Job 40

Job 40 has God challenging Job.  He says “Shall a faultfinder contend with the Almighty? He who argues with God, let him answer it”.  Job has been pretty confident until now, but suddenly felt like he had no place to contend with God, much less to correct Him.  Job has learned the lesson of God’s greatness through the last two chapters.  He knows that God is on the throne.  And Job has learned of God’s place using the entire world as the classroom.  But now, it’s time for Job to remain Job and to make sure God is kept where He belongs as God.

So Job responds.  “I am of small account; what shall I answer you? I lay my hand on my mouth”.  Job may hve been a big talker with his friends, but now that he’s dealing directly with God it is a different story.  Job was the only one of the five to speak to God. Yet now Job spoke after God’s great revelation of Himself, and will speak with a quite different tone than he had before.  It was Job’s turn to speak again but there would be no long speeches, no more anger, no more talking down and dirty to his God.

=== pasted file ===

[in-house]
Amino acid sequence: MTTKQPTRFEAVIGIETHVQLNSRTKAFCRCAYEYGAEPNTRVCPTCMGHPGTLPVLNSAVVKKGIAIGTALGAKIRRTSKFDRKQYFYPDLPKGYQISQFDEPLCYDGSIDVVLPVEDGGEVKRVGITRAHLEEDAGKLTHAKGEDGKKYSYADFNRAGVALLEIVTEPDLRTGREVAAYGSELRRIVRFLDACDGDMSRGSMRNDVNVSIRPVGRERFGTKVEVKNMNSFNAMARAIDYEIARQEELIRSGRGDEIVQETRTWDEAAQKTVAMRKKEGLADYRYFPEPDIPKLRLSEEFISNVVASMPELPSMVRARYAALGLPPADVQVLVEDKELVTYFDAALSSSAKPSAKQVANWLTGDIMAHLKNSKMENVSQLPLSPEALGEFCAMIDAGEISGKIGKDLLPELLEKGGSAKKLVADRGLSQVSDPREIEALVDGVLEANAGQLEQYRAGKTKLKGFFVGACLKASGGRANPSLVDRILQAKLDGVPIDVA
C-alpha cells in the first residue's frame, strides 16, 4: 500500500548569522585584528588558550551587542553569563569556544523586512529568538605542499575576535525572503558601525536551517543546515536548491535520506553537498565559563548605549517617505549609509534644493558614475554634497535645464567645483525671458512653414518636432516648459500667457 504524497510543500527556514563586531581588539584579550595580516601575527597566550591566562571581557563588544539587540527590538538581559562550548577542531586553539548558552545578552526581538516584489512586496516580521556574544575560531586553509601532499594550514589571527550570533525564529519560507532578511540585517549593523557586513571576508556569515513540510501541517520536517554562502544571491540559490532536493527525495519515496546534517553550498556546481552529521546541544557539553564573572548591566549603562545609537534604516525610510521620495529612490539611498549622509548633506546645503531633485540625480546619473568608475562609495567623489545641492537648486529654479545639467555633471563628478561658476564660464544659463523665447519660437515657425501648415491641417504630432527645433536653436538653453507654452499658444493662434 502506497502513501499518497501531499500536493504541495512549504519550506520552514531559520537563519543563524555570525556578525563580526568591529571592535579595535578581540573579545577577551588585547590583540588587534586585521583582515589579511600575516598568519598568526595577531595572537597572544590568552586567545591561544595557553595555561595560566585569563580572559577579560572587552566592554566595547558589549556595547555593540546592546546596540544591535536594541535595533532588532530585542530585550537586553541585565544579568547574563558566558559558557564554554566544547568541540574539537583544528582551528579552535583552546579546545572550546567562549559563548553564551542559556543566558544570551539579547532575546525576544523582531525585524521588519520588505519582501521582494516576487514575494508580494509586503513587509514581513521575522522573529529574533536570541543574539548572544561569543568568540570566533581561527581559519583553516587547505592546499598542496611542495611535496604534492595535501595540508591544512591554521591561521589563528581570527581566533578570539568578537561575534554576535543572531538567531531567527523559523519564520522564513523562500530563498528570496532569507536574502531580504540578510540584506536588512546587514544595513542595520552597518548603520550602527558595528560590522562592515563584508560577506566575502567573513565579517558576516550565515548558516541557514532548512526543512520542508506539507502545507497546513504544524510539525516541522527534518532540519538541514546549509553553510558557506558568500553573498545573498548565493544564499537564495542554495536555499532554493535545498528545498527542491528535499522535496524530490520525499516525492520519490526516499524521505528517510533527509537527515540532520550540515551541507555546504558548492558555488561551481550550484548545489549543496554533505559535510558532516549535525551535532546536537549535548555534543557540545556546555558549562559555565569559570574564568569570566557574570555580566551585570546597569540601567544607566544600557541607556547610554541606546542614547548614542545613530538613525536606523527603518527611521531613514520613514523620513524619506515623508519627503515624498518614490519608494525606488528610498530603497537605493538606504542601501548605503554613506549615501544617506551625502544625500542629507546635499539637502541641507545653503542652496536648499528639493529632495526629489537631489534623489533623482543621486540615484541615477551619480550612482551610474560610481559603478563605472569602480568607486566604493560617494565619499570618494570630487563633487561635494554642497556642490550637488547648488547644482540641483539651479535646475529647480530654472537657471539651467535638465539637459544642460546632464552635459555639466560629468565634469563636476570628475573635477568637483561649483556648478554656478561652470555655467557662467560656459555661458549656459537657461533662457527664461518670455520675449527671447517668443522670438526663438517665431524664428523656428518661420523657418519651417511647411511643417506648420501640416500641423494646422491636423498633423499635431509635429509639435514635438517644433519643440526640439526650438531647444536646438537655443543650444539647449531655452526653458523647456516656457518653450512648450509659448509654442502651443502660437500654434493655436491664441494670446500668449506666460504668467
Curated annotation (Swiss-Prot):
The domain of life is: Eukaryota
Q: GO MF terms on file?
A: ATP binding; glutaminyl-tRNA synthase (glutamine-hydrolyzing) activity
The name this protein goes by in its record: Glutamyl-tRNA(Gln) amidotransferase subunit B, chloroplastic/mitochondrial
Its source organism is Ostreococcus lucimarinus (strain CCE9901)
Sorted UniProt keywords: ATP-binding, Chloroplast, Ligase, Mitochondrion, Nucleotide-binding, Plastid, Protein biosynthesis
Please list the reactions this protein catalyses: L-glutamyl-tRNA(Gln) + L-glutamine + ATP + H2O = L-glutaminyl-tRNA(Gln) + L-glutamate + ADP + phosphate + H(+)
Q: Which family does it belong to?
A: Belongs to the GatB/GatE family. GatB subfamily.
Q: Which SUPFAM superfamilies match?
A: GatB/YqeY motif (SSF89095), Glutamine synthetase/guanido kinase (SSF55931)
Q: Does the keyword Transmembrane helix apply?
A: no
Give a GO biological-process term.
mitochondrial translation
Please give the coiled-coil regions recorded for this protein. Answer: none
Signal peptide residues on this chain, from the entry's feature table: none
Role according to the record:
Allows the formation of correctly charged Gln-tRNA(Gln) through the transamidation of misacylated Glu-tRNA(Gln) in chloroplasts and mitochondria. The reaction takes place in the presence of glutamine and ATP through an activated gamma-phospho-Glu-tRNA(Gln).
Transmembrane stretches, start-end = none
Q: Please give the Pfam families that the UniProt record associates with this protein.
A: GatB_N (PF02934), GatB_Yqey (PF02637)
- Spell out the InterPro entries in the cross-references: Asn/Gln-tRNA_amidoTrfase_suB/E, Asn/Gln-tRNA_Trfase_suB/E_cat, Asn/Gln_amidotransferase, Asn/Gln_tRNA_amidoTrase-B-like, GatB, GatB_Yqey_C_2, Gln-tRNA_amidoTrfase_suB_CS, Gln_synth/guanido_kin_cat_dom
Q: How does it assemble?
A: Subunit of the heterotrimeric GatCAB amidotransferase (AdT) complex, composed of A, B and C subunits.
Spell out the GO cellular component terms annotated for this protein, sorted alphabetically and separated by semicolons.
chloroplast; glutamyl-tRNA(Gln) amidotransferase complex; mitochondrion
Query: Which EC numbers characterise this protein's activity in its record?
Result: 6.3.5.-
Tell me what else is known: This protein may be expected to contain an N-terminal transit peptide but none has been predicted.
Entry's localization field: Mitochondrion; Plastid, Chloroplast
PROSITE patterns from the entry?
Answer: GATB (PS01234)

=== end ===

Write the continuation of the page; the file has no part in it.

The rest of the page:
God continues by asking Job “Will you even put me in the wrong? Will you condemn me that you may be in the right?”  God comes to Job in a whirlwind again and begins with the same questioning that began their interaction back in chapter 38.  God basically says ‘I’m not done with you yet’.  Job fell into the trap of thinking that because he couldn’t figure God out, that perhaps God wasn’t fair.  The bottom line is that in order for Job to be right, God has to be wrong.

God makes it clear that He alone can save.  “Then will I also acknowledge to you that your own right hand can save you”.  If Job could do the things God did, then maybe he could save.  But he couldn’t and no one ever will, so God alone can save.  No man can save his own soul by works of righteousness which he has already done, is currently doing, or can possibly do in the future.  God alone can save.  He chose to do it through His Son Jesus Christ because there is no man, past – current – future, who can ever be good enough to gain everlasting life without Christ.

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